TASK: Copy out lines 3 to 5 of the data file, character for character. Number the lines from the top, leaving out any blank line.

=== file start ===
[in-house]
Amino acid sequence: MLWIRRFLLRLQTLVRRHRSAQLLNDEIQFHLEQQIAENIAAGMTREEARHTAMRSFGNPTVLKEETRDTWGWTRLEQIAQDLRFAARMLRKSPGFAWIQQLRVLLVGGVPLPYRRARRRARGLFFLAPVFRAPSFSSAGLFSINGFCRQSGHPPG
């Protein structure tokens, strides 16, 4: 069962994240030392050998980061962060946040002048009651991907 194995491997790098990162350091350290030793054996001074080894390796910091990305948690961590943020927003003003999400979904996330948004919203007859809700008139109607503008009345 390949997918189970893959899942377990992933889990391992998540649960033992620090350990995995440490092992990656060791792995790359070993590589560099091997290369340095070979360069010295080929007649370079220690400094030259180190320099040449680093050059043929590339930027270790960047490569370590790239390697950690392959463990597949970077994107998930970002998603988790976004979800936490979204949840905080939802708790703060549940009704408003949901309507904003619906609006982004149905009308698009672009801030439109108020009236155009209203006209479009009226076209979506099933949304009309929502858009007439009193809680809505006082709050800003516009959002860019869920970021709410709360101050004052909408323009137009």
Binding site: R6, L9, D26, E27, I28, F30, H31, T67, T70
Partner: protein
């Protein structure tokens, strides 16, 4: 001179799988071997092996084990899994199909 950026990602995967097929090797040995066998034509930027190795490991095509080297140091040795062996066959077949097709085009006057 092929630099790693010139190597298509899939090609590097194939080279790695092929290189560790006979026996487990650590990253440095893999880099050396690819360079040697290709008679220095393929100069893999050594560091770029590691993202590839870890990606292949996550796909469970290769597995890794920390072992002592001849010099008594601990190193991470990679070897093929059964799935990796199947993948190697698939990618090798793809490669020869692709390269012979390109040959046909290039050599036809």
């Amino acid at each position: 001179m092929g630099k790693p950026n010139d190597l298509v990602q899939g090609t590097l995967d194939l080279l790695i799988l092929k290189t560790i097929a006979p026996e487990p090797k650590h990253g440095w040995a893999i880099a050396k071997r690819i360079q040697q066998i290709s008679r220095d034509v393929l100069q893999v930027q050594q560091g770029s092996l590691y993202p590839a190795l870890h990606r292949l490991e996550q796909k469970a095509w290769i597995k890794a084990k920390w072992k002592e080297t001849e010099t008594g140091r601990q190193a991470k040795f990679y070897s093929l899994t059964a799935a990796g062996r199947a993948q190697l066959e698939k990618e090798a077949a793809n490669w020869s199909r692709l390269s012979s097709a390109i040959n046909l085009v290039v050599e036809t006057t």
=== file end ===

């Protein structure tokens, strides 16, 4: 069962994240030392050998980061962060946040002048009651991907 194995491997790098990162350091350290030793054996001074080894390796910091990305948690961590943020927003003003999400979904996330948004919203007859809700008139109607503008009345 390949997918189970893959899942377990992933889990391992998540649960033992620090350990995995440490092992990656060791792995790359070993590589560099091997290369340095070979360069010295080929007649370079220690400094030259180190320099040449680093050059043929590339930027270790960047490569370590790239390697950690392959463990597949970077994107998930970002998603988790976004979800936490979204949840905080939802708790703060549940009704408003949901309507904003619906609006982004149905009308698009672009801030439109108020009236155009209203006209479009009226076209979506099933949304009309929502858009007439009193809680809505006082709050800003516009959002860019869920970021709410709360101050004052909408323009137009």
Binding site: R6, L9, D26, E27, I28, F30, H31, T67, T70
Partner: protein